Harold Schiffman hfsclpp at
Wed Jun 13 14:16:28 UTC 2007

13 June, 2007  VOL:24, No: 16


Prem Phyak, Department of English, TU

The indigenous janajati people have been agitating against the verdict
of Supreme Court-Nepal that has barred the use of mother tongue of
different janajatis in local governance and offices. They have been
calling Jestha-18 (June-1) a Linguistic Black Day. Demanding their
linguistic rights indigenous people called a one-day general strike on
that very day. World's linguists are worried about the alarming
decline of a large number of languages in the world. They have
estimated that the future of 90-95% of the world's spoken languages is
threatened/endangered only 10% or even 5% of today's languages may
exist in 2100 as vital, healthy languages which are being passed on to
children. In all parts of the world indigenous peoples (and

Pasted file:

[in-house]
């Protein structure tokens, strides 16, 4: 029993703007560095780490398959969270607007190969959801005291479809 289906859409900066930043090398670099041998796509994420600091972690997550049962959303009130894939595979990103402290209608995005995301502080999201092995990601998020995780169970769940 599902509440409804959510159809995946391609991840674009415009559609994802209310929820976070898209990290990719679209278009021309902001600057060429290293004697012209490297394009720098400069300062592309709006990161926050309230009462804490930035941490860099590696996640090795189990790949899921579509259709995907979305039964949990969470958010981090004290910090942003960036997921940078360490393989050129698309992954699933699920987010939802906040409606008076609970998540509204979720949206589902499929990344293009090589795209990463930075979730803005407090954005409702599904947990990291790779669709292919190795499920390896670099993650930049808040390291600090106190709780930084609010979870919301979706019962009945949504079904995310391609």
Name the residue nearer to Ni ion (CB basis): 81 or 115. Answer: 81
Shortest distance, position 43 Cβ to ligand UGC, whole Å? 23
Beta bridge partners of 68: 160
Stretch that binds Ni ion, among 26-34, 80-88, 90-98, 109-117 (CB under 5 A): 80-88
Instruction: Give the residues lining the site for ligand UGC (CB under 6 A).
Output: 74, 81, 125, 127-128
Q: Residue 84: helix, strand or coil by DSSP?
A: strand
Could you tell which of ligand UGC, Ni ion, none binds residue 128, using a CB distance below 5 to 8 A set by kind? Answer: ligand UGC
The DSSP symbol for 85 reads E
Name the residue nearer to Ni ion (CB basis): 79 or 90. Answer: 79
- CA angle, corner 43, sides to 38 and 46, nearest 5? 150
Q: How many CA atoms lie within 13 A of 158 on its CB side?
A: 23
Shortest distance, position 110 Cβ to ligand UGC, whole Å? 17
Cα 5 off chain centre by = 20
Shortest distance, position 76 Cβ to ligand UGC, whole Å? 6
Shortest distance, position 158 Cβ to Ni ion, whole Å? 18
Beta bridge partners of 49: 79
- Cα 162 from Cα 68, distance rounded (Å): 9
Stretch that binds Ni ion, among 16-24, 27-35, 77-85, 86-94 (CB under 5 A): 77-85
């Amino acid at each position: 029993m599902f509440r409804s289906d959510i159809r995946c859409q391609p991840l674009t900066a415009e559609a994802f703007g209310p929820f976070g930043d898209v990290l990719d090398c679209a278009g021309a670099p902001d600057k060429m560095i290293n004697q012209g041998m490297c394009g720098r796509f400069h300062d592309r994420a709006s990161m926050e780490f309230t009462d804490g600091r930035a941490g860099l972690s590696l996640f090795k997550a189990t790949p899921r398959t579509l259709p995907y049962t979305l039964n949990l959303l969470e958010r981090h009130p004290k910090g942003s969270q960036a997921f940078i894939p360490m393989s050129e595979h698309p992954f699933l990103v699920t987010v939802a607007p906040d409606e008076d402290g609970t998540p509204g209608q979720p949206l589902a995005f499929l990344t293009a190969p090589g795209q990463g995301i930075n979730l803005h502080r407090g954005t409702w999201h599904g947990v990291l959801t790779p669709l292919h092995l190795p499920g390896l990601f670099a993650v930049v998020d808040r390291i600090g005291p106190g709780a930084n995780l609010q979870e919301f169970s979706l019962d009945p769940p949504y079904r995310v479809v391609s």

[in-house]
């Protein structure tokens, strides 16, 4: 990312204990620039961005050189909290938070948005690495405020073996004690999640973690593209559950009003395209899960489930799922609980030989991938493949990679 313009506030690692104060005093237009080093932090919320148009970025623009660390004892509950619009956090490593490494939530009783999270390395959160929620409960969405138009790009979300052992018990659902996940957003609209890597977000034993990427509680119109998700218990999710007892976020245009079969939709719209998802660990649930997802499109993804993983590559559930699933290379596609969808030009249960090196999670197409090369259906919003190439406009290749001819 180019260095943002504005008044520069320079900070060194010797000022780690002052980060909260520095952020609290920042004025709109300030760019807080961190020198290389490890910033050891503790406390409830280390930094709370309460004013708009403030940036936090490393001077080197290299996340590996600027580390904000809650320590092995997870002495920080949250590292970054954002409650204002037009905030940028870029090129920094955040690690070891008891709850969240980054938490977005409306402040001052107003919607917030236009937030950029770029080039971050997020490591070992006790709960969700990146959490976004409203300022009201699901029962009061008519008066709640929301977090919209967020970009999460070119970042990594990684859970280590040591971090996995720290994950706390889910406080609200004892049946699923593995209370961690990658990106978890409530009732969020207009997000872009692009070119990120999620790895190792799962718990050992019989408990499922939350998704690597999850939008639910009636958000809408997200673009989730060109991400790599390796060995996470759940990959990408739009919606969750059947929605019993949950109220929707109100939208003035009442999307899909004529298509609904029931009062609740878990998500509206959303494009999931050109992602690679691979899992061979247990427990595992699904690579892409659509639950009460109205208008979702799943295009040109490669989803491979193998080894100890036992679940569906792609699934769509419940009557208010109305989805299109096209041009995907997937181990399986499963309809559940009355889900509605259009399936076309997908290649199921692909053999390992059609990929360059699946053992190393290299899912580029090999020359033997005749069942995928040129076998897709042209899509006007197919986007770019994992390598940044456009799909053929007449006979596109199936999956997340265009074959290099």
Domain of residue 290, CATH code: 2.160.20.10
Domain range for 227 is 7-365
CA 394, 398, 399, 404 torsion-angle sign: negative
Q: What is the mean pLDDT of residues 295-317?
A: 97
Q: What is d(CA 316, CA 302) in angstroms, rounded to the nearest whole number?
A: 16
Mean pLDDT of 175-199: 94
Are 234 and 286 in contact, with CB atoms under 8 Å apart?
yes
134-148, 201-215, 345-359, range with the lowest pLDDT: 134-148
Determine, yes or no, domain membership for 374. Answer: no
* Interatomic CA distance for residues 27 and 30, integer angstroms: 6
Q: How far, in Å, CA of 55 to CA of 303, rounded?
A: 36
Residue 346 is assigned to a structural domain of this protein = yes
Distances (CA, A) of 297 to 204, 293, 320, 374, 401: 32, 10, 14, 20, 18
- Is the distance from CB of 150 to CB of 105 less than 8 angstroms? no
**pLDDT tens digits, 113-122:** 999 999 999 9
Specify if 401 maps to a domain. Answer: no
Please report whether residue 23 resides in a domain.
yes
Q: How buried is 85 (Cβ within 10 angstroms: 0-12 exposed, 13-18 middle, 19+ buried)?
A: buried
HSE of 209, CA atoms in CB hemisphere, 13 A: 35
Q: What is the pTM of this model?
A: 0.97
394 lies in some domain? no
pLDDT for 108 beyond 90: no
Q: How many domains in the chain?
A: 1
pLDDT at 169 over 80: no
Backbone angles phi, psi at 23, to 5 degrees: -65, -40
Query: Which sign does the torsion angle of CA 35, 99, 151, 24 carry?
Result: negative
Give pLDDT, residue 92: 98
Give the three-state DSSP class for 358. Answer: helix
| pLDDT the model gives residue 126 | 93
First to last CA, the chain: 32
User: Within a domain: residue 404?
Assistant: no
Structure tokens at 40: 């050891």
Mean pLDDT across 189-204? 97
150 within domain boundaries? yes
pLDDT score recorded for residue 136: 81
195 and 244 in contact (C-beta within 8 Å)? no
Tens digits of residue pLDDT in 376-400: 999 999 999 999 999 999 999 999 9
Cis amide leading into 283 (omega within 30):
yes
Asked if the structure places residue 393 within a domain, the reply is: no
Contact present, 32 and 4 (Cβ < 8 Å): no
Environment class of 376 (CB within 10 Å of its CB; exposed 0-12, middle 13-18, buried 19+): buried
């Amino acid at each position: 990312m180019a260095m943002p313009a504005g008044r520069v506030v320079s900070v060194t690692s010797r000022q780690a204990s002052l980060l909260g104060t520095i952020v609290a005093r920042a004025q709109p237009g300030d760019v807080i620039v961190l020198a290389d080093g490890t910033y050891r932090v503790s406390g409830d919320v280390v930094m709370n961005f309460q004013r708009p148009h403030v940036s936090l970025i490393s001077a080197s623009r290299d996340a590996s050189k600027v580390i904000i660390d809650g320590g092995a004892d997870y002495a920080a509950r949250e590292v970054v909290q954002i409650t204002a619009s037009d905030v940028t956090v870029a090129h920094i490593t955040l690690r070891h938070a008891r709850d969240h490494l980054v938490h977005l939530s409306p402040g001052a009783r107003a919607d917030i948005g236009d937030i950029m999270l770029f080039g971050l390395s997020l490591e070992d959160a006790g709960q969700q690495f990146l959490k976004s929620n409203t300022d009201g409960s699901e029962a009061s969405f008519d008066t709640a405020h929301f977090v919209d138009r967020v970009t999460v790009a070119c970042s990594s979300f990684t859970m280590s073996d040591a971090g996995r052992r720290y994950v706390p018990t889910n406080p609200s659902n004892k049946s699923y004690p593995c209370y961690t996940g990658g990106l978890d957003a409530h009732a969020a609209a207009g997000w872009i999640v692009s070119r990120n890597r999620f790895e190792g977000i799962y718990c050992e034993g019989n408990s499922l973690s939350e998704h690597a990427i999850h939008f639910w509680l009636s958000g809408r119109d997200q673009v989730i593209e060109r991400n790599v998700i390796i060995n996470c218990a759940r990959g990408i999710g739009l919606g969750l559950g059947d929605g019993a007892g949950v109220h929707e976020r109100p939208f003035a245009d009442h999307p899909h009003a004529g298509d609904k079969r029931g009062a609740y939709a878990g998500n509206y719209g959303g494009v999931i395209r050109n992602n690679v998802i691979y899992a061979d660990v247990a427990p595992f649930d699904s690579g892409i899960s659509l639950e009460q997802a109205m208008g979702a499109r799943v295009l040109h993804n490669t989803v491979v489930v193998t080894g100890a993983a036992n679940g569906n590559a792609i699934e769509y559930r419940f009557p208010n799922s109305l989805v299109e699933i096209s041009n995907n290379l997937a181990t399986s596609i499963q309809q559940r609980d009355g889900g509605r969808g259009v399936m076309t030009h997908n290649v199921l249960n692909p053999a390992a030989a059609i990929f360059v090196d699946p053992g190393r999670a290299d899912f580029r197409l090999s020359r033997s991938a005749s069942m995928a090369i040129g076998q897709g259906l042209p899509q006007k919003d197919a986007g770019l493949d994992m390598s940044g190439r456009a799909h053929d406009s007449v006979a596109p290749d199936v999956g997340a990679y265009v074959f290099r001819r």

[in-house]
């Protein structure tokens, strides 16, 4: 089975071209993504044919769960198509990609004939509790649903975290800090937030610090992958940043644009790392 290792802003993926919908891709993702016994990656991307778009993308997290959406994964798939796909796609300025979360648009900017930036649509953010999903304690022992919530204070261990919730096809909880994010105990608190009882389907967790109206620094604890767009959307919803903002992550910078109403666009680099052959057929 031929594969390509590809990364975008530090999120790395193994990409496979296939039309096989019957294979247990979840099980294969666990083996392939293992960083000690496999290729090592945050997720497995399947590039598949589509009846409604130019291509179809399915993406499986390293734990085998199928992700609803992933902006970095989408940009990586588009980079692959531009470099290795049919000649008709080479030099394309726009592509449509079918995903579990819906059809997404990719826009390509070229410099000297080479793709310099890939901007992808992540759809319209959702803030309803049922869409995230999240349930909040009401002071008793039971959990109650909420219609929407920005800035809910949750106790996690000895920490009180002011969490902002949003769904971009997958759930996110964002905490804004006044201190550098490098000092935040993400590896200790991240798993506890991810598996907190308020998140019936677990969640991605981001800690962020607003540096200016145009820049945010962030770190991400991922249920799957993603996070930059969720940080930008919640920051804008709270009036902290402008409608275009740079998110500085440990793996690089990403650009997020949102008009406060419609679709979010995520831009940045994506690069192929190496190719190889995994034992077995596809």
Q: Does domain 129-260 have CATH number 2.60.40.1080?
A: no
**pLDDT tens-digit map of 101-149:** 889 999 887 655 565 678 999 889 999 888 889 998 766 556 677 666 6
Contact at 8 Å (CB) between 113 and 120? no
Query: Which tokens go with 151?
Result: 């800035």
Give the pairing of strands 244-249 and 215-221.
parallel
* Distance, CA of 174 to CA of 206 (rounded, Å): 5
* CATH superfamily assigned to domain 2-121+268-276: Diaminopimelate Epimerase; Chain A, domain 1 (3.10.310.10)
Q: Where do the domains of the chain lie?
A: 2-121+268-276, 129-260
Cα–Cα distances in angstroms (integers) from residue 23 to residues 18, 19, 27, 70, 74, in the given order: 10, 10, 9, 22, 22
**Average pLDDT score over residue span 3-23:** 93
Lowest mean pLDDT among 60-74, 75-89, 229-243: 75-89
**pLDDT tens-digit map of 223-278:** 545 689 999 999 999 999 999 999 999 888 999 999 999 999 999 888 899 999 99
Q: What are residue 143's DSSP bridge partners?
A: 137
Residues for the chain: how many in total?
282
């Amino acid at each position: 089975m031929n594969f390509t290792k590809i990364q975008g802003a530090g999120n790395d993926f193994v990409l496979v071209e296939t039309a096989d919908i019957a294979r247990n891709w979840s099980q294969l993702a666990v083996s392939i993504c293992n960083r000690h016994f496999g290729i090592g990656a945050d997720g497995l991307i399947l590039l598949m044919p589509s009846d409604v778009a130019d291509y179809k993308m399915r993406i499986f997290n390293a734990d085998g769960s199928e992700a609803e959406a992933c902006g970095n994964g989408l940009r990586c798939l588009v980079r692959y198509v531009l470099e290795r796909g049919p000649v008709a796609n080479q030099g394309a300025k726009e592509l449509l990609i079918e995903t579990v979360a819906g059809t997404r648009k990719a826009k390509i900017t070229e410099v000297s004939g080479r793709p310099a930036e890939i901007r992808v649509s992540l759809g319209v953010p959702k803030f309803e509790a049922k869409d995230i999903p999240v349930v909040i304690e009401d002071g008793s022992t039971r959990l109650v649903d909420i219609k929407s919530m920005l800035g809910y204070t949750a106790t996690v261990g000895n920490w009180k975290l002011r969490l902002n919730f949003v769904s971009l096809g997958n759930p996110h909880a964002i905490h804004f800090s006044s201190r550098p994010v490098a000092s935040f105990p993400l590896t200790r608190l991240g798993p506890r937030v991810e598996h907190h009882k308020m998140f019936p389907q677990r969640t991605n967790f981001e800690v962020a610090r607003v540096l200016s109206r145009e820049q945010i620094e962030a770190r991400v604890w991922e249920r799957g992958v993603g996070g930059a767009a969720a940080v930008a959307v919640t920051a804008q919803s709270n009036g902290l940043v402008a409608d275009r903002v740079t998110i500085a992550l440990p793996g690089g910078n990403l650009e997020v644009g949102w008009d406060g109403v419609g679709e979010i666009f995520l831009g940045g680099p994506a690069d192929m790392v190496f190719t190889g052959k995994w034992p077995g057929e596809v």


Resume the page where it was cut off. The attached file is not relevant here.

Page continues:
minorities) are trying to counteract this threat. In many if not most
cases, the initiatives and demands for linguistic human rights come
from the people themselves, not governments or even (outsider) NGOs.
So is the case of Nepal.

According to recent online version of Ethnologue- the record of world
languages, 126 languages have been identified in Nepal. But the
population census of Nepal-2001 has listed out only 92 languages
identified to be spoken. This shows the severe negligence of the
government towards preservation of minority languages. Thus majority
of languages are in the verge of extinction. In this context, the
demand of indigenous people is relevant. The demand of linguistic
rights is not only the case of Nepal. Being one of the fundamental
rights of people, it is the case of all multilingual countries.
Language is identity and power for all. One of the major identities of
janajatis is their language. Thus to ignore their language means to
ignore their identity. In Ian Martin's study which was carried out in
2000 in Nunavut, Canada, shows a fourteen-year-old high school student
writes that he feels ashamed not to be able to understand his
grandparents and other elders, and wonders why the school does nothing